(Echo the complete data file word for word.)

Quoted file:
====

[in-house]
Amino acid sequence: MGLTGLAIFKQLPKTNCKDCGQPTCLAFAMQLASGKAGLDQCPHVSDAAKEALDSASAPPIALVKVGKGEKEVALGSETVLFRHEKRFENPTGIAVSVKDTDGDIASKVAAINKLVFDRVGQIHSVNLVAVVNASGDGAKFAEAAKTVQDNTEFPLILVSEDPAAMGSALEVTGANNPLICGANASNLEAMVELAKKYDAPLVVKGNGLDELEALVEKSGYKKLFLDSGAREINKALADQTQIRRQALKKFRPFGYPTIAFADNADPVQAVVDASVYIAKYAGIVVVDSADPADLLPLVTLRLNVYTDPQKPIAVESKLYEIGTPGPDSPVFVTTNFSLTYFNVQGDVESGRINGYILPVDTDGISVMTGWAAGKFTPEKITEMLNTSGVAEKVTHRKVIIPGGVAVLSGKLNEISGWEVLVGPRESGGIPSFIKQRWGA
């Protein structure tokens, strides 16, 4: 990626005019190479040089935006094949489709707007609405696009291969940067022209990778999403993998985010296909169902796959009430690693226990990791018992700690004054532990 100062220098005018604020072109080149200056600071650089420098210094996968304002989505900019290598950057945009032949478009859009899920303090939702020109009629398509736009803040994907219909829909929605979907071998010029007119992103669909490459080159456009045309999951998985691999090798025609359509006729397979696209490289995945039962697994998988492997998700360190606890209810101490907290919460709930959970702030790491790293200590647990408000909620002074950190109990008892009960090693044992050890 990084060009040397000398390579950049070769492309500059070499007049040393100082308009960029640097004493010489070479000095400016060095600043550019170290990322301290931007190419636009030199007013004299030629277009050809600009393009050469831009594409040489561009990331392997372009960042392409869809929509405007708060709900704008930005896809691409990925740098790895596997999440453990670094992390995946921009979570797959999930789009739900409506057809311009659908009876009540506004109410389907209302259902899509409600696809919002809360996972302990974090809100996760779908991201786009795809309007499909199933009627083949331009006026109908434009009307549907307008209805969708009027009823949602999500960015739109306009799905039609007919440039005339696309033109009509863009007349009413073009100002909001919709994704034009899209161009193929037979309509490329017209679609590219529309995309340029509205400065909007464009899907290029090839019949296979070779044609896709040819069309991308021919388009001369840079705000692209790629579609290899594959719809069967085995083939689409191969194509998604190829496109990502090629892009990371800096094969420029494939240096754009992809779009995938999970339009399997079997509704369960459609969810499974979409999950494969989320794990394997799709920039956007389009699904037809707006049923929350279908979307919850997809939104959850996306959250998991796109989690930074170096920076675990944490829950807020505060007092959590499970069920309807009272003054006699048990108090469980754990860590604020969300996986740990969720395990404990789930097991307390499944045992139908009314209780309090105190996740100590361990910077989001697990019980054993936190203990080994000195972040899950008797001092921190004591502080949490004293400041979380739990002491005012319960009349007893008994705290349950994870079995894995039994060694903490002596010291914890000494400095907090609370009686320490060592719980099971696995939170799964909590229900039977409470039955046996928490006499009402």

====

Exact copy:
[in-house]
Amino acid sequence: MGLTGLAIFKQLPKTNCKDCGQPTCLAFAMQLASGKAGLDQCPHVSDAAKEALDSASAPPIALVKVGKGEKEVALGSETVLFRHEKRFENPTGIAVSVKDTDGDIASKVAAINKLVFDRVGQIHSVNLVAVVNASGDGAKFAEAAKTVQDNTEFPLILVSEDPAAMGSALEVTGANNPLICGANASNLEAMVELAKKYDAPLVVKGNGLDELEALVEKSGYKKLFLDSGAREINKALADQTQIRRQALKKFRPFGYPTIAFADNADPVQAVVDASVYIAKYAGIVVVDSADPADLLPLVTLRLNVYTDPQKPIAVESKLYEIGTPGPDSPVFVTTNFSLTYFNVQGDVESGRINGYILPVDTDGISVMTGWAAGKFTPEKITEMLNTSGVAEKVTHRKVIIPGGVAVLSGKLNEISGWEVLVGPRESGGIPSFIKQRWGA
């Protein structure tokens, strides 16, 4: 990626005019190479040089935006094949489709707007609405696009291969940067022209990778999403993998985010296909169902796959009430690693226990990791018992700690004054532990 100062220098005018604020072109080149200056600071650089420098210094996968304002989505900019290598950057945009032949478009859009899920303090939702020109009629398509736009803040994907219909829909929605979907071998010029007119992103669909490459080159456009045309999951998985691999090798025609359509006729397979696209490289995945039962697994998988492997998700360190606890209810101490907290919460709930959970702030790491790293200590647990408000909620002074950190109990008892009960090693044992050890 990084060009040397000398390579950049070769492309500059070499007049040393100082308009960029640097004493010489070479000095400016060095600043550019170290990322301290931007190419636009030199007013004299030629277009050809600009393009050469831009594409040489561009990331392997372009960042392409869809929509405007708060709900704008930005896809691409990925740098790895596997999440453990670094992390995946921009979570797959999930789009739900409506057809311009659908009876009540506004109410389907209302259902899509409600696809919002809360996972302990974090809100996760779908991201786009795809309007499909199933009627083949331009006026109908434009009307549907307008209805969708009027009823949602999500960015739109306009799905039609007919440039005339696309033109009509863009007349009413073009100002909001919709994704034009899209161009193929037979309509490329017209679609590219529309995309340029509205400065909007464009899907290029090839019949296979070779044609896709040819069309991308021919388009001369840079705000692209790629579609290899594959719809069967085995083939689409191969194509998604190829496109990502090629892009990371800096094969420029494939240096754009992809779009995938999970339009399997079997509704369960459609969810499974979409999950494969989320794990394997799709920039956007389009699904037809707006049923929350279908979307919850997809939104959850996306959250998991796109989690930074170096920076675990944490829950807020505060007092959590499970069920309807009272003054006699048990108090469980754990860590604020969300996986740990969720395990404990789930097991307390499944045992139908009314209780309090105190996740100590361990910077989001697990019980054993936190203990080994000195972040899950008797001092921190004591502080949490004293400041979380739990002491005012319960009349007893008994705290349950994870079995894995039994060694903490002596010291914890000494400095907090609370009686320490060592719980099971696995939170799964909590229900039977409470039955046996928490006499009402």